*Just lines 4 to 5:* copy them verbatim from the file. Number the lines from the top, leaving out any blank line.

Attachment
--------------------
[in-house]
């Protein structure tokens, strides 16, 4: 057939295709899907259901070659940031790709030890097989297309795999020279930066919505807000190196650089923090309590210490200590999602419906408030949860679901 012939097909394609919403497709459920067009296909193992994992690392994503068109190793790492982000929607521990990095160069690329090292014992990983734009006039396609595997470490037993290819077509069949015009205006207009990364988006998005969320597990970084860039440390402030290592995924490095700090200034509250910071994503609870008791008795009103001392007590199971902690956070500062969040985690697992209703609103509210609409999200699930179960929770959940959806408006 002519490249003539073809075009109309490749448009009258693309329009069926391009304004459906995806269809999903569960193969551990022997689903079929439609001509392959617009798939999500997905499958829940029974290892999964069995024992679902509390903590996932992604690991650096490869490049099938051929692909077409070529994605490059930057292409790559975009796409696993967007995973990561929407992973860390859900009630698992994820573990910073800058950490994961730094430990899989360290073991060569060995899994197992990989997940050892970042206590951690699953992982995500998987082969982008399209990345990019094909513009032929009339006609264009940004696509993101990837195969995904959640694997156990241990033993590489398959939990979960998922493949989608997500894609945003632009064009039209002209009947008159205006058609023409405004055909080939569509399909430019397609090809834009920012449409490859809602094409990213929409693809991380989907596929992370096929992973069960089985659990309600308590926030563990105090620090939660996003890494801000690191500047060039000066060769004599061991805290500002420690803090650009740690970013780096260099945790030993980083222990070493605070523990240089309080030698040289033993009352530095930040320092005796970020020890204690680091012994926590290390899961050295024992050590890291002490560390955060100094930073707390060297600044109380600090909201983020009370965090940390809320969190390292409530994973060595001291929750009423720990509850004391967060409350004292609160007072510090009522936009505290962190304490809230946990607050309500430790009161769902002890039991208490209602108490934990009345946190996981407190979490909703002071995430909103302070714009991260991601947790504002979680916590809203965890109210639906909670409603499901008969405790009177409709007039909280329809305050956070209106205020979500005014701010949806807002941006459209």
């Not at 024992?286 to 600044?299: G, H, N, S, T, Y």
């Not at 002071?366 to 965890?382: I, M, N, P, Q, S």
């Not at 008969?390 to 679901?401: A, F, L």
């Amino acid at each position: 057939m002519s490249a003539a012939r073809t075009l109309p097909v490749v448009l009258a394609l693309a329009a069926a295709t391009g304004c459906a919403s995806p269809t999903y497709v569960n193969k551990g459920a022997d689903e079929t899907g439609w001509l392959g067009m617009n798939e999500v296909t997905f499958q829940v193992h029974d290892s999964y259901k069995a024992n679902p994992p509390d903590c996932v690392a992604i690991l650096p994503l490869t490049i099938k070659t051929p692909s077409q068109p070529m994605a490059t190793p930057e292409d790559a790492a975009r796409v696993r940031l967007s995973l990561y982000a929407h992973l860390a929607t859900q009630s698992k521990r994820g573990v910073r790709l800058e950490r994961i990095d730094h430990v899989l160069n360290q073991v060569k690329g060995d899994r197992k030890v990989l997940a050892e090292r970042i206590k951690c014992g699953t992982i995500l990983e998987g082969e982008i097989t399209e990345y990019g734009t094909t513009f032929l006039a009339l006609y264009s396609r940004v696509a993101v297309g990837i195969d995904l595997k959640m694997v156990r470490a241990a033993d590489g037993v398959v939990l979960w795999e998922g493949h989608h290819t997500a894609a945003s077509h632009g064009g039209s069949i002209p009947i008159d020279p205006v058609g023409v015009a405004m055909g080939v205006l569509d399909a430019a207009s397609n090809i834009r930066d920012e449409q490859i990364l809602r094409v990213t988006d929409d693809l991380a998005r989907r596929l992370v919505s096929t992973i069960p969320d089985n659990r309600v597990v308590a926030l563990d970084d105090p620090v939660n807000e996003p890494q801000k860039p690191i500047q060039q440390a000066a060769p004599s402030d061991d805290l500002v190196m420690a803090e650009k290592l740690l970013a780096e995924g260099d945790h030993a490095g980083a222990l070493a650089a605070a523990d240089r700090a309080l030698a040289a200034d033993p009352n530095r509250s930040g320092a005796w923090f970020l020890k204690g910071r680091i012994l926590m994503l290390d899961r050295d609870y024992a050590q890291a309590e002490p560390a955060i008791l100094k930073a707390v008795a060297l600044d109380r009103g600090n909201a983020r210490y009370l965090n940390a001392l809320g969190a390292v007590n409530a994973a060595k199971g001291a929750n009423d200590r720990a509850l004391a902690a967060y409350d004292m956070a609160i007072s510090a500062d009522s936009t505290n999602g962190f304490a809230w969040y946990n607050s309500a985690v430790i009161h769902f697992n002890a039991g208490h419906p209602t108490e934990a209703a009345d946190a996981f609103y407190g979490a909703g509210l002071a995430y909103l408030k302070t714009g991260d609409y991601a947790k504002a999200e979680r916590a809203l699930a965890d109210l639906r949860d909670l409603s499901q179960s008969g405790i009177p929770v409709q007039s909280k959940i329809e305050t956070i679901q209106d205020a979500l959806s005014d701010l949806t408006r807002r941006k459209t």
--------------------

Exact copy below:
């Not at 002071?366 to 965890?382: I, M, N, P, Q, S």
């Not at 008969?390 to 679901?401: A, F, L």